¶5 States which have rejected the substantially certain standard for an employer's intentional conduct have explained the stricter specific intent to injure standard is acceptable for the purpose of workers' compensation law because "it is only when the employer acts with specific intent to injure the employee that the resultant injury is stripped of its accidental character."18 In other words, in these states an employee injured from an employer's conduct satisfying a substantially certain test may obtain compensation using a statutory workers' compensation remedy because the injury is considered as accidental.19 We have no statute cited to us showing a substantially certain intentional tort may serve as the basis for a workers' compensation claim.

¶ 6 The effect of one of the arguments before us is that an employee's injury is compensable in a workers' compensation no-fault scheme even if the injury was the result of merely a slight degree of negligence, but an employer's substantially certain intentional tort receives no remedy in workers' compensation or in the District Court.20 No public interest is articulated to support any public policy for denying a cause of action in District Court based upon an employer's intentional tort injuring an employee while also denying a workers' compensation remedy other than the party's reference to the power of the Legislature. This interpretation of the statutes presents an underinclusive-overinclusive constitutional invalidity issue similar to the one addressed by the Court in Torres v. Seaboard Foods, LLC.21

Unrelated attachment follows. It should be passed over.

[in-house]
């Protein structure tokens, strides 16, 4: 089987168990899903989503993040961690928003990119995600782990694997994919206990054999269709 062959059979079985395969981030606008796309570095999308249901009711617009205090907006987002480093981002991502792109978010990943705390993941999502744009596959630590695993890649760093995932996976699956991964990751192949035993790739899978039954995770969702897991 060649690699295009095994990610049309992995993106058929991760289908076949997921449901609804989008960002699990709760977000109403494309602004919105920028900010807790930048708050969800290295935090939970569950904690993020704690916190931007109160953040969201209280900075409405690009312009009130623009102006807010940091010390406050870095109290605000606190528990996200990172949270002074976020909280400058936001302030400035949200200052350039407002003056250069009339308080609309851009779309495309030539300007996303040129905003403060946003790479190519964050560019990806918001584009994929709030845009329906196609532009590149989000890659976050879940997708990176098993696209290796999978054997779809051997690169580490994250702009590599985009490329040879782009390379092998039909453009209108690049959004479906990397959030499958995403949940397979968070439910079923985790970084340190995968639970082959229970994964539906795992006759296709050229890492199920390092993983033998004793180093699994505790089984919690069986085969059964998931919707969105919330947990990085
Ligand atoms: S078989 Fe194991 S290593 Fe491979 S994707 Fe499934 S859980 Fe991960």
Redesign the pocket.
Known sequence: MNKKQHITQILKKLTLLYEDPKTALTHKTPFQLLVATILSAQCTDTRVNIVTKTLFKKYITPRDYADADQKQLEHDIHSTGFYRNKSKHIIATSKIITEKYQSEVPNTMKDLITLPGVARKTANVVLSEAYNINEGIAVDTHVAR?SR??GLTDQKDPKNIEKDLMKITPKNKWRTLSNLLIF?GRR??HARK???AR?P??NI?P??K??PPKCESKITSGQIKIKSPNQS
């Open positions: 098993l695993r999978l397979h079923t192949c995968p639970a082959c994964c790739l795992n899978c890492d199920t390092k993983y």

¶7 The party's petition for certiorari also argues: "A worker who cannot prove an intentional tort under the Statutory Definition may still recover benefits under the Workers' Compensation regime." However, this statement is not supported with any statutory authority making a substantially certain intentional tort qualify for a workers' compensation claim. A necessarily implied element to this party's argument is that when the Legislature expressly denied a District Court action the Legislature also simultaneously created an implied statutory workers' compensation cause of action and remedy based upon a substantially certain intentional tort.